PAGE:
Reviews

Examined Life

This punctures the image of philosophy as a rarefied field, where philosophers live in some kind of Cartesian bubble, their brains effectively separated from their bodies.


Examined Life

Director: Astra Taylor
Cast: Cornel West, Avital Ronell, Peter Singer, Kwame Anthony Appiah, Martha Nussbaum, Michael Hardt, Slavoj Žižek, Judith Butler, Sanaura Taylor
Length: 88 minutes
Studio: Sphinx Productions and the National Film Board of Canada
Year: 2008
Distributor: Zeitgeist
MPAA Rating: NR
Release Date: 2010-23-02
Website

The tag line for Astra Taylor's Examined Life is “Philosophy is in the Streets”. This phrase not only calls attention to the film's mise-en-scène, but also its primary insight: philosophy, rather than being a remote pursuit conducted in splendid isolation, is an activity that is intimately tied to what people do as well as what they think. The eight conversations that make up the film are not only grounded by everyday urban landscapes, but those doing the talking are preoccupied with questions of doing: how people act towards each other, towards (other) animals, towards things, and how they use their bodies.

Taylor's film is constructed around nine 'walks' with eight philosophers and artist Sunaura Taylor, who joins Judith Butler in San Francisco's Mission District for a discussion about individualism and human bodies. 'Walk' here means 'mobility' in a broader sense; while some of her subjects do walk in a literal way, others 'walk' by different means: Michael Hardt in a row boat, Cornel West in the back of a car, Sunaura Taylor in a wheelchair. Slavoj Žižek wanders around a garbage dump. By whatever conveyance, each walk engages Taylor's subjects in conversation about distinct, but related topics.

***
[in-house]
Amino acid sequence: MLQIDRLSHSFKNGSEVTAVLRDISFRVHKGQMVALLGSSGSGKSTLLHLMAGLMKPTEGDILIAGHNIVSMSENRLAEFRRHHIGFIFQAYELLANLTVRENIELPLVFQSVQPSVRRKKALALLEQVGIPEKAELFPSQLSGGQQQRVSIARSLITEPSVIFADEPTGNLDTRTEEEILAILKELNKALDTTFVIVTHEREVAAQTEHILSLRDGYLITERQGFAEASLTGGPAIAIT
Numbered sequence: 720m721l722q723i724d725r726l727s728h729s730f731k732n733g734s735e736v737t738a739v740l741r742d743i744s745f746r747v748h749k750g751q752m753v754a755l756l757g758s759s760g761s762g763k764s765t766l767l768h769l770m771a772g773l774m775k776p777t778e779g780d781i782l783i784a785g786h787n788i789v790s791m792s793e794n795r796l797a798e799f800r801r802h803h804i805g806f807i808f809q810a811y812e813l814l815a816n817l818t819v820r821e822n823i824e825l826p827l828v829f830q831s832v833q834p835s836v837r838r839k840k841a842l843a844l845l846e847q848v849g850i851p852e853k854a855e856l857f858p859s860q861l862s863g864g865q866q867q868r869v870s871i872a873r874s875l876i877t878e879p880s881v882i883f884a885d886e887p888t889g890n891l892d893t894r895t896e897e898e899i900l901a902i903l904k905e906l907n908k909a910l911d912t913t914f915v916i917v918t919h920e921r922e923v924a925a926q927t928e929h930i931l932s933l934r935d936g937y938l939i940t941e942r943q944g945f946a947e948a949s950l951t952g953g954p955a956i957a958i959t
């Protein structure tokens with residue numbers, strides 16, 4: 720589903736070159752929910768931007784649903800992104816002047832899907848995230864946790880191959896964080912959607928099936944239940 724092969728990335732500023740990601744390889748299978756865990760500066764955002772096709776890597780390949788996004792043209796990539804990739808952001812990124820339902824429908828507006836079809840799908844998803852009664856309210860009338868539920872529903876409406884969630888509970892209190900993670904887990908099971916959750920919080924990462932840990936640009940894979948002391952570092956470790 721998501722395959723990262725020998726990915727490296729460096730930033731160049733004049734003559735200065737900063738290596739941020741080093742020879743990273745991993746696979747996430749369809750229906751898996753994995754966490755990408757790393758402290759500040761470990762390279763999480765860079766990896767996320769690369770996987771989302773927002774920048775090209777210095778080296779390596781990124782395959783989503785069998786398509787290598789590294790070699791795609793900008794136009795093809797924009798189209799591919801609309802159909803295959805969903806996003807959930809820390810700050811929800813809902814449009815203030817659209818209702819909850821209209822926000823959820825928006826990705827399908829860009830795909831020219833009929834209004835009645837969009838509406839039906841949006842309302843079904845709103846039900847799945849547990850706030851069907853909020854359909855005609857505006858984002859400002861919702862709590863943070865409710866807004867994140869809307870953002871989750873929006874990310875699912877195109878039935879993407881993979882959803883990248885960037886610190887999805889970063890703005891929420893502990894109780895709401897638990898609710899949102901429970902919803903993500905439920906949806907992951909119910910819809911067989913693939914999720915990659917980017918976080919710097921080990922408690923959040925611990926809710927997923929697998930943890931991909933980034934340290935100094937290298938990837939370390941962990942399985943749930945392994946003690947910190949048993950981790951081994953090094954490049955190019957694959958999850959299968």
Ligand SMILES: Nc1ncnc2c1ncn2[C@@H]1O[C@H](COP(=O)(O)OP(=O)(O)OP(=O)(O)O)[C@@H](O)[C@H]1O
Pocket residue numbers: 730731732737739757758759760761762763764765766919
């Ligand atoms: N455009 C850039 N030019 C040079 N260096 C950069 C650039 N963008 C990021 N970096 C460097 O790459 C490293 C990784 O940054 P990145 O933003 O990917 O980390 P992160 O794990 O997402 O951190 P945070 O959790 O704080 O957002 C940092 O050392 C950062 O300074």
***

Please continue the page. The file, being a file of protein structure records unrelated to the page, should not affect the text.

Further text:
One connecting theme is the social relevance of philosophical inquiry into human actions and choices. While some of the discussions are more directly about themes like justice and ethics, Martha Nussbaum on disability or Michael Hardt on revolution, for examples, even the more abstract discussions of meaning and truth, which most immediately animate Avital Ronell and Cornel West, are about how people relate to the world and negotiate questions of meaning in what they do, not as an abstract matter, but as a matter of everyday living.

Placing the discussants in settings like a Central Park rowing pond, or walking along urban lakes and city streets, frames philosophy as a practical activity, something that people do in much the same way as anybody does anything else. It punctures the image of philosophy as a rarefied field, where philosophers live in some kind of Cartesian bubble, their brains effectively separated from their bodies. Indeed, implicit and explicit connections between mind and body, and bodily needs, desires, and purposes, is another persistent theme in the film's walks.

Of all of Taylor's informants, Cornel West makes the strongest case for seeing philosophy, and the life of the mind more broadly, as real work. The others she speaks with do so more by simply focusing on how what they do has implications for life outside of the mind. Indeed, while Peter Singer is the only one who talks about the idea of “applied ethics”, all of the thinkers featured in Examined Life are interested in philosophy as useful knowledge.